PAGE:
500
The good faith of King Williams and King Jamess officers compared
501
A short sketch of the cruelties inflicted on the Irish prisoners in this war and also on those even under protection
506
Surrender of Limerick with the articles of capitulation STATE of THE CATHoLics of IRELAND
509
Severe laws made against catholics
528
The catholics of Limerick cruelly treated
531
Penal laws to prevent the further growth of popery
533
The same subject continued
536
Persecution of the catholics in the reign of Q Anne vii Penal laws of discovery and gavelkind enacted
544
Reasons assigned for making those laws
546
Persecution in the reign of King George I
552
The catholics address his majesty King George II
556
rebellion in Scotland 1745
559
The catholics of Ireland pressed by penal laws form an humble remonstrance to be presented to his majesty
560
Tumults in Munster considered
567
The same subject continued
568
Reflections on the foregoing subject
575
Some prospect of mitigating the rigour of the popery laws XX The catholics of Ireland state their grievances in an humble address and petition to the ...
579
APPENDIX No 1 A brief declaration of the government of Irelandby captain Thomas Lee 1594
587
Remonstrance of divers Lords of the pale to the king con cerning the Irish parliament in 1613
609
Abstract of the report and return of commissioner? sent
612
committed on the Irish in Ireland since the 23d
623
VIII Intelligence from his majestys army in Scotland to the lord
633
The heads of the causes which moved the northern Irish
640
Extract of Dr Gorgehis letter to colonel Hamilton
646
The coronation oath of James Hi 66t
660
544
38
41
58?
7

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Page 514 - The Roman catholics of this kingdom shall enjoy such privileges in the exercise of their religion, as are consistent with the laws of Ireland, or as they did enjoy in the reign of king Charles II...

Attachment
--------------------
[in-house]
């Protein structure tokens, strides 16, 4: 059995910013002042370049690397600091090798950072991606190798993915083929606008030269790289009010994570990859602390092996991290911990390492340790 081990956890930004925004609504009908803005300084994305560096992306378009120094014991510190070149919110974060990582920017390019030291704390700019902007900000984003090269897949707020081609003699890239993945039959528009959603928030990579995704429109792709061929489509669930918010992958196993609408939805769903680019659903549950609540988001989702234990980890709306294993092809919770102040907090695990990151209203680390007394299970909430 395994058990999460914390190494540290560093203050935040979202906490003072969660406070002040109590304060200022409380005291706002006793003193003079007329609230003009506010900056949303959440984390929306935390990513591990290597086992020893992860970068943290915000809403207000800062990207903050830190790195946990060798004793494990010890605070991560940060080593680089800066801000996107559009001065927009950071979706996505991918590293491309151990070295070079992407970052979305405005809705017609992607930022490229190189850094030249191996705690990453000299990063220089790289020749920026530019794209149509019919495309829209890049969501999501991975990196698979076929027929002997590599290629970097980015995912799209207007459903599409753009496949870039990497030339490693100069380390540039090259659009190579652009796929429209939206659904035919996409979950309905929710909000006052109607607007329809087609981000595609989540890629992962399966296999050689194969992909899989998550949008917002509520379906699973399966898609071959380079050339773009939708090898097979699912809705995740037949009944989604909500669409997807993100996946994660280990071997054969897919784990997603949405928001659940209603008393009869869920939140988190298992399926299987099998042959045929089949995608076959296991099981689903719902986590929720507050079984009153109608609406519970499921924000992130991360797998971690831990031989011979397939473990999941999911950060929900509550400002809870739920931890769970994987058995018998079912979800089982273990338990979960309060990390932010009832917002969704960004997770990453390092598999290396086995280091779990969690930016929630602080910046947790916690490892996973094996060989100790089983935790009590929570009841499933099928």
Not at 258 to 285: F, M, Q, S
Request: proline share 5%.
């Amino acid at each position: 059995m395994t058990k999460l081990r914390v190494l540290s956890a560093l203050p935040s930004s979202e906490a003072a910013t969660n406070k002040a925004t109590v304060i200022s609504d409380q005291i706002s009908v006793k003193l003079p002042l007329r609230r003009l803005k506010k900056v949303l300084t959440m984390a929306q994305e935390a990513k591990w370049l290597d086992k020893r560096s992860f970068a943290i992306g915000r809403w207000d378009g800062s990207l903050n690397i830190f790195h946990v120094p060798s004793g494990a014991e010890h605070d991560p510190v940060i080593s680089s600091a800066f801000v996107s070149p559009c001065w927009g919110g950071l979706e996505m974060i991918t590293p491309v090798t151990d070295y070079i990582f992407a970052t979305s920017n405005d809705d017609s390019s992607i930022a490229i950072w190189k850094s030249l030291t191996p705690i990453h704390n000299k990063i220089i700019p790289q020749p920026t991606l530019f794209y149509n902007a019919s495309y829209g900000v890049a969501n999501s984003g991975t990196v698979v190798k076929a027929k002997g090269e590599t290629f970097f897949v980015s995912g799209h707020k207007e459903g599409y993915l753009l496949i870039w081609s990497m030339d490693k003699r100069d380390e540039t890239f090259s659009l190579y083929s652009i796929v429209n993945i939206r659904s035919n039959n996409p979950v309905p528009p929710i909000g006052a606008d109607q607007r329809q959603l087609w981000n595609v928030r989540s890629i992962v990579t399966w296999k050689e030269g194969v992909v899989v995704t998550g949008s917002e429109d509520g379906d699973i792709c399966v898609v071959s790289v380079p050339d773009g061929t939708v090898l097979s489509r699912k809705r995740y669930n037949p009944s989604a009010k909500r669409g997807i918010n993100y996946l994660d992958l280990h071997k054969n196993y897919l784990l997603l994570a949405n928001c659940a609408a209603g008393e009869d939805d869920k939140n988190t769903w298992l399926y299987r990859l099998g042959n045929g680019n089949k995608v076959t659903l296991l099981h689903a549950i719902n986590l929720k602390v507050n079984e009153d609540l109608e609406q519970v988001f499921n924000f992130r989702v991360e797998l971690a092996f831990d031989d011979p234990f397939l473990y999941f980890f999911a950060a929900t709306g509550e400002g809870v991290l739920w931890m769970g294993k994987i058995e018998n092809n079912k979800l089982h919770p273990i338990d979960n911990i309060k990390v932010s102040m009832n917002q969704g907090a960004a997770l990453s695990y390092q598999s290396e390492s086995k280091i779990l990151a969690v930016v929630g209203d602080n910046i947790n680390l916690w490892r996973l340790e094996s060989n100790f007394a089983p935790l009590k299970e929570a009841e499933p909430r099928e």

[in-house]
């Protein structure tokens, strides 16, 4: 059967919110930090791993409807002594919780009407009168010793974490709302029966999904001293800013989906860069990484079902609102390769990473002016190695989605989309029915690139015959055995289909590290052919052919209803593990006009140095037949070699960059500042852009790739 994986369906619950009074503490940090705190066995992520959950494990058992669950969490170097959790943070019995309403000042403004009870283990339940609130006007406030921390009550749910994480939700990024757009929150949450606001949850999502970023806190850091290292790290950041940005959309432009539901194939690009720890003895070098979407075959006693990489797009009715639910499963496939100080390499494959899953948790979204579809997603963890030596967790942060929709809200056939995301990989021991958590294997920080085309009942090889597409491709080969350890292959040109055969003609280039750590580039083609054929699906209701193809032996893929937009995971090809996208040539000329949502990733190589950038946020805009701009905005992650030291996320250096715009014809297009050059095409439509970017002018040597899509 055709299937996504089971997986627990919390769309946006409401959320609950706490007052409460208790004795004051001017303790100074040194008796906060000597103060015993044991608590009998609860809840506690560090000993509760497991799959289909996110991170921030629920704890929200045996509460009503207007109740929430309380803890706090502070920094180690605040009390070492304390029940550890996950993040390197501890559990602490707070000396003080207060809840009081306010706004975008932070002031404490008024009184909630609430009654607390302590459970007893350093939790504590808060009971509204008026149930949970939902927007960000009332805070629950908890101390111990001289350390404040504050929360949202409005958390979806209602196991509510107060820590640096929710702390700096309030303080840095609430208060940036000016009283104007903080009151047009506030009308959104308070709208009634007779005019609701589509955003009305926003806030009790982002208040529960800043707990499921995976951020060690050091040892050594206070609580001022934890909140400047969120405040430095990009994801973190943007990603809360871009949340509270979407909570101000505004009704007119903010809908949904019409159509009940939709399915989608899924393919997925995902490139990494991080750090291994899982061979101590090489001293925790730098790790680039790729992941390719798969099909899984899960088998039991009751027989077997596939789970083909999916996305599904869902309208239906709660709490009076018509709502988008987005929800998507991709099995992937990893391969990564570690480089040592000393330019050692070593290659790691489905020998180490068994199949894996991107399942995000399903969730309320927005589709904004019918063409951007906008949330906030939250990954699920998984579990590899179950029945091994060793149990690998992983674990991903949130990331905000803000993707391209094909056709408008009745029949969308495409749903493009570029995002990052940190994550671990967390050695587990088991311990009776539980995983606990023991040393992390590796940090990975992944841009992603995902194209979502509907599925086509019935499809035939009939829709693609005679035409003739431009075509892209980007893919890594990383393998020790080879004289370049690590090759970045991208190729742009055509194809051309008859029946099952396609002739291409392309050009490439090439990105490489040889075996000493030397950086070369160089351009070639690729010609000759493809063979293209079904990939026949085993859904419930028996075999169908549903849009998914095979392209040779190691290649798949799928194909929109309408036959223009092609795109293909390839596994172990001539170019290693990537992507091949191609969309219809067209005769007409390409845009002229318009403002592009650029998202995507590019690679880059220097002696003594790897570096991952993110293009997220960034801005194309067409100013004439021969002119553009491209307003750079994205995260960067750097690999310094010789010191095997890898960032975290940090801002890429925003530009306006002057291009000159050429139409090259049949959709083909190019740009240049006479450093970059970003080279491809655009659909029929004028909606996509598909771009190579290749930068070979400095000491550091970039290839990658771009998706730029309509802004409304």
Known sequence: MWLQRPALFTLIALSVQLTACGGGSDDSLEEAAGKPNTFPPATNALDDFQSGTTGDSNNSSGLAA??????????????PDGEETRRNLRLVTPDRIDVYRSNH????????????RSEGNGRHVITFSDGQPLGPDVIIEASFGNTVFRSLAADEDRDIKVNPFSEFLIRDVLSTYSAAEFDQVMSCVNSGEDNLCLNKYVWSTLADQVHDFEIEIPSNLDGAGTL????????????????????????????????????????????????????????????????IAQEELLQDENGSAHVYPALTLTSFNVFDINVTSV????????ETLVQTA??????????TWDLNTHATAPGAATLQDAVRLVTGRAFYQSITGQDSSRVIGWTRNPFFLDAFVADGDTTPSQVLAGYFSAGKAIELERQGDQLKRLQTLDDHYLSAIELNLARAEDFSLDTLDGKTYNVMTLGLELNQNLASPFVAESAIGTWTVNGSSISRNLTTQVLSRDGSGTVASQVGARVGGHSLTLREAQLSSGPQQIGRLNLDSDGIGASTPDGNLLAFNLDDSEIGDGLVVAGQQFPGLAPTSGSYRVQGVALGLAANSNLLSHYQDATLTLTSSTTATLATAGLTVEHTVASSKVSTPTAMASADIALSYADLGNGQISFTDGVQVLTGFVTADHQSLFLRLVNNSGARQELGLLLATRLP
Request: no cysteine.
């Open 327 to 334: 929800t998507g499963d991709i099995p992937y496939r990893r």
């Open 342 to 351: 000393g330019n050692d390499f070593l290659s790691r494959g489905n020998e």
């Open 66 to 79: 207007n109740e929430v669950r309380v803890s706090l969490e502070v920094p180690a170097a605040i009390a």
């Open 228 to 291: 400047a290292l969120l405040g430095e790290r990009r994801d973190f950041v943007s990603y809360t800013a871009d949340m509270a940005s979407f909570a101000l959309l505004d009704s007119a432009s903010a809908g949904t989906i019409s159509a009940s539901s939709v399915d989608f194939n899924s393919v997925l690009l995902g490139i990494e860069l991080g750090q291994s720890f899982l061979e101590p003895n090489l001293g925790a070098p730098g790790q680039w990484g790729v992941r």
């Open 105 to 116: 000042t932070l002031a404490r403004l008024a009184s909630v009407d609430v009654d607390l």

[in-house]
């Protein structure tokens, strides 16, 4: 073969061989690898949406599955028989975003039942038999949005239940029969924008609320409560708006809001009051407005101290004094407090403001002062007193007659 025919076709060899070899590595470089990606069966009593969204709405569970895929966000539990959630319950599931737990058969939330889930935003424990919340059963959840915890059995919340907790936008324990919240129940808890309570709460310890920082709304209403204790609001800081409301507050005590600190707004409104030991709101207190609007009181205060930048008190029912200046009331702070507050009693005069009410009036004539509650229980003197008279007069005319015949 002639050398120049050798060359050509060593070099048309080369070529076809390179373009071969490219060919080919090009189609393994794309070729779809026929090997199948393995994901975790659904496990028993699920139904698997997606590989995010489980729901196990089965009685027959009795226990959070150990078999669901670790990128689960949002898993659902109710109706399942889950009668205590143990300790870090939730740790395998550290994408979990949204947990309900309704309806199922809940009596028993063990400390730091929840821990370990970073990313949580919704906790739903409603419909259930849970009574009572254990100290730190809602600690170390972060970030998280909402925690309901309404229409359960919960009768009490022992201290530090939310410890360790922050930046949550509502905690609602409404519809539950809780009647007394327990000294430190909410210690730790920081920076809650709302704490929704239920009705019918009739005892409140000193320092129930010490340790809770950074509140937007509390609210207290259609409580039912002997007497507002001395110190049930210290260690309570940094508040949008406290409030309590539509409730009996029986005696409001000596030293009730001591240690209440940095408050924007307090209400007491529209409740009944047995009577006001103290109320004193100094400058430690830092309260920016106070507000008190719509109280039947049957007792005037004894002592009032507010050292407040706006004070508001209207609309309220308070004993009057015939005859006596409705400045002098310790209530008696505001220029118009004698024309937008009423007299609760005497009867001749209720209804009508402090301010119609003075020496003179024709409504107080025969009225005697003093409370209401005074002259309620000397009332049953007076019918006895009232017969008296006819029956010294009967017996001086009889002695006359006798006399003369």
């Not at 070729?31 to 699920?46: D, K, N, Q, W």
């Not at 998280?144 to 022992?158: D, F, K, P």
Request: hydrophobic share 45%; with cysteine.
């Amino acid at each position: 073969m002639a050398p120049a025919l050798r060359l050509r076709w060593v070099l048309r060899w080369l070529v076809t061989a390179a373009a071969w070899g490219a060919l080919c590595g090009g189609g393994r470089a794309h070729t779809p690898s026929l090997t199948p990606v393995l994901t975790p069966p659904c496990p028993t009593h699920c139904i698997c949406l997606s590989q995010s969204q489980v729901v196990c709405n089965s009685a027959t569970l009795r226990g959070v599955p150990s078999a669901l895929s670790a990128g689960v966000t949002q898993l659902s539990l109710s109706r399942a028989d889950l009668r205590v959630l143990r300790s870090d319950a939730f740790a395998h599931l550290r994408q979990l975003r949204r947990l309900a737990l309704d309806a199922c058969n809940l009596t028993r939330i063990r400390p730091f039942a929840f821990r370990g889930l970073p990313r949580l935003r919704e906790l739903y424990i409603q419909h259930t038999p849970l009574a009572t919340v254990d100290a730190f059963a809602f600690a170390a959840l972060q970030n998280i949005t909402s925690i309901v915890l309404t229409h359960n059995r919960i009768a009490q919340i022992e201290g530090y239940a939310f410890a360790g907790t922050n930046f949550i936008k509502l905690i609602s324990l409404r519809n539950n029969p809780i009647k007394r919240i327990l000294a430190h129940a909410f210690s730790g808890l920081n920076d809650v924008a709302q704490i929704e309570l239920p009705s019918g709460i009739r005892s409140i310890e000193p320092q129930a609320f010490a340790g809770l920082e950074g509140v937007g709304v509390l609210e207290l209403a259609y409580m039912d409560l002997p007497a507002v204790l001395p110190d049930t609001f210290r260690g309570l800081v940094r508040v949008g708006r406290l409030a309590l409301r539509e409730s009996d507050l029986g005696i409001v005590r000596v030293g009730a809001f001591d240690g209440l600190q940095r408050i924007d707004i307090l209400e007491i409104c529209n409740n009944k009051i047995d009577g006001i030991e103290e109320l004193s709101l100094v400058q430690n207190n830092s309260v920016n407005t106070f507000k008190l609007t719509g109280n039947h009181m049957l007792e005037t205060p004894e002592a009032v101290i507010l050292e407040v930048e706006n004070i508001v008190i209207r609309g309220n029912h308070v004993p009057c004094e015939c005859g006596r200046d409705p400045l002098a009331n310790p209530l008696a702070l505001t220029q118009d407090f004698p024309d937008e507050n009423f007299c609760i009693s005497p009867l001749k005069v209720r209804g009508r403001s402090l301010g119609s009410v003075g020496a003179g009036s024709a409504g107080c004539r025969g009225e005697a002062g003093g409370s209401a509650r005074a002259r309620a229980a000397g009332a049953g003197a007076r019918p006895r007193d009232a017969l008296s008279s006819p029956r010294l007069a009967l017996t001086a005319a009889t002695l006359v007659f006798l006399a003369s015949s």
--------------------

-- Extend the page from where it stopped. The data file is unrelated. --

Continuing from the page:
Page xv - ... and images; nay even their transubstantiation. But while they acknowledge a foreign power, superior to the sovereignty of the kingdom, they cannot complain if the laws of that kingdom will not treat them upon the footing of good subjects.
Page 515 - ... provided also, that no person whatsoever shall have or enjoy the benefit of this article, that shall neglect or refuse to take the oath of allegiance,* made by act of parliament in England, in the first year of the reign of their present majesties, when thereunto required.
Page 517 - ... creditors, at the instance of the Lord Lucan, and the rest 'of the persons aforesaid, it is agreed, that the said Lords Justices, and the said Baron De Ginckle, shall intercede with the King and parliament, to have the estates secured to Roman Catholics, by articles and capitulation in this kingdom, charged with, and equally liable to the payment of so much of the said debts, as the said Lord Lucan, upon stating accounts with the said John Brown, shall certify under his hand, that the effects...
Page 517 - Tyrconnel and Lord Lucan, took away the effects the said John Brown had to answer the said debts, and promised to clear the said John Brown of the said debts, which effects were...
Page 518 - And all such as are under their protection in the said counties," hereby for us, our heirs and successors, ordaining and declaring, that all and every person and persons therein concerned, shall and may have, receive, and enjoy the benefit thereof, in such and the same manner, as if the said words had been inserted in their proper place, in the said second article ; any omission, defect, or mistake in the said second article, in any wise notwithstanding.
Page 529 - Whilst this restraint of foreign and domestic education was part of an horrible and impious system of servitude, the members were well fitted to the body. To render men patient under a deprivation of all the rights of human nature, everything which could give them a knowledge or feeling of those rights was rationally forbidden. To render humanity fit to be insulted, it was fit that it should be degraded.
Page 42 - And no spectacle was more frequent in the ditches of towns, and especially in wasted countries, than to see multitudes of these poor people dead with their mouths all coloured green by eating nettles, docks, and all things they could rend up above ground.
Page 518 - ... or one of them, did promise that the said clause should be made good, it being within the intention of the capitulation, and inserted in the foul draft thereof.
Page 25 - Out of every corner of the woods and glens they came creeping forth upon their hands, for their legs could not bear them; they looked like anatomies of death ; they spake like ghosts crying out of their graves...